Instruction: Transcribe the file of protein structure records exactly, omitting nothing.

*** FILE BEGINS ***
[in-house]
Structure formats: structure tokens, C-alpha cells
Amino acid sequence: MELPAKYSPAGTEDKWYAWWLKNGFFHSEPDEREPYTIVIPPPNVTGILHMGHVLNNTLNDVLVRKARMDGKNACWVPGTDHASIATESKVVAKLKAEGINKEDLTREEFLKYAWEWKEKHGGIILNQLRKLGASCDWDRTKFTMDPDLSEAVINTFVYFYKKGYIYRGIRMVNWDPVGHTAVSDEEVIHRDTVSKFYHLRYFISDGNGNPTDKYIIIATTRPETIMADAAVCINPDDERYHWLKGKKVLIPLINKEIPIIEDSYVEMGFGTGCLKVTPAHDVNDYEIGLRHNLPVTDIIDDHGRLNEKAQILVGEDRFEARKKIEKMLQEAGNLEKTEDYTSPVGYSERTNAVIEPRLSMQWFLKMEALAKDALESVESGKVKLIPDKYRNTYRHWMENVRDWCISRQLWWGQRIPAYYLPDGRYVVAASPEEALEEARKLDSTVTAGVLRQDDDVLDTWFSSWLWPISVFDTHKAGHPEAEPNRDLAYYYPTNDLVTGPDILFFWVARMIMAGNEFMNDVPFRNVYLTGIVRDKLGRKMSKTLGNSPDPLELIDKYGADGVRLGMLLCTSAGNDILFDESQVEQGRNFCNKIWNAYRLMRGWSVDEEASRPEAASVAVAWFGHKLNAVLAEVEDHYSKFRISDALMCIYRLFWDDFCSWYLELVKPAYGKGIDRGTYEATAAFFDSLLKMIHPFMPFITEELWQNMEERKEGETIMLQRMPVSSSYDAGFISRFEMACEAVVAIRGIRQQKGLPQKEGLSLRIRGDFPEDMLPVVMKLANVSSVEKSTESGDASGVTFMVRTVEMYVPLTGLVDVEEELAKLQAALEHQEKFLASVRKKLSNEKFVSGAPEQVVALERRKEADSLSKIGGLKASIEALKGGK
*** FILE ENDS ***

[in-house]
Structure formats: structure tokens, C-alpha cells
Amino acid sequence: MELPAKYSPAGTEDKWYAWWLKNGFFHSEPDEREPYTIVIPPPNVTGILHMGHVLNNTLNDVLVRKARMDGKNACWVPGTDHASIATESKVVAKLKAEGINKEDLTREEFLKYAWEWKEKHGGIILNQLRKLGASCDWDRTKFTMDPDLSEAVINTFVYFYKKGYIYRGIRMVNWDPVGHTAVSDEEVIHRDTVSKFYHLRYFISDGNGNPTDKYIIIATTRPETIMADAAVCINPDDERYHWLKGKKVLIPLINKEIPIIEDSYVEMGFGTGCLKVTPAHDVNDYEIGLRHNLPVTDIIDDHGRLNEKAQILVGEDRFEARKKIEKMLQEAGNLEKTEDYTSPVGYSERTNAVIEPRLSMQWFLKMEALAKDALESVESGKVKLIPDKYRNTYRHWMENVRDWCISRQLWWGQRIPAYYLPDGRYVVAASPEEALEEARKLDSTVTAGVLRQDDDVLDTWFSSWLWPISVFDTHKAGHPEAEPNRDLAYYYPTNDLVTGPDILFFWVARMIMAGNEFMNDVPFRNVYLTGIVRDKLGRKMSKTLGNSPDPLELIDKYGADGVRLGMLLCTSAGNDILFDESQVEQGRNFCNKIWNAYRLMRGWSVDEEASRPEAASVAVAWFGHKLNAVLAEVEDHYSKFRISDALMCIYRLFWDDFCSWYLELVKPAYGKGIDRGTYEATAAFFDSLLKMIHPFMPFITEELWQNMEERKEGETIMLQRMPVSSSYDAGFISRFEMACEAVVAIRGIRQQKGLPQKEGLSLRIRGDFPEDMLPVVMKLANVSSVEKSTESGDASGVTFMVRTVEMYVPLTGLVDVEEELAKLQAALEHQEKFLASVRKKLSNEKFVSGAPEQVVALERRKEADSLSKIGGLKASIEALKGGK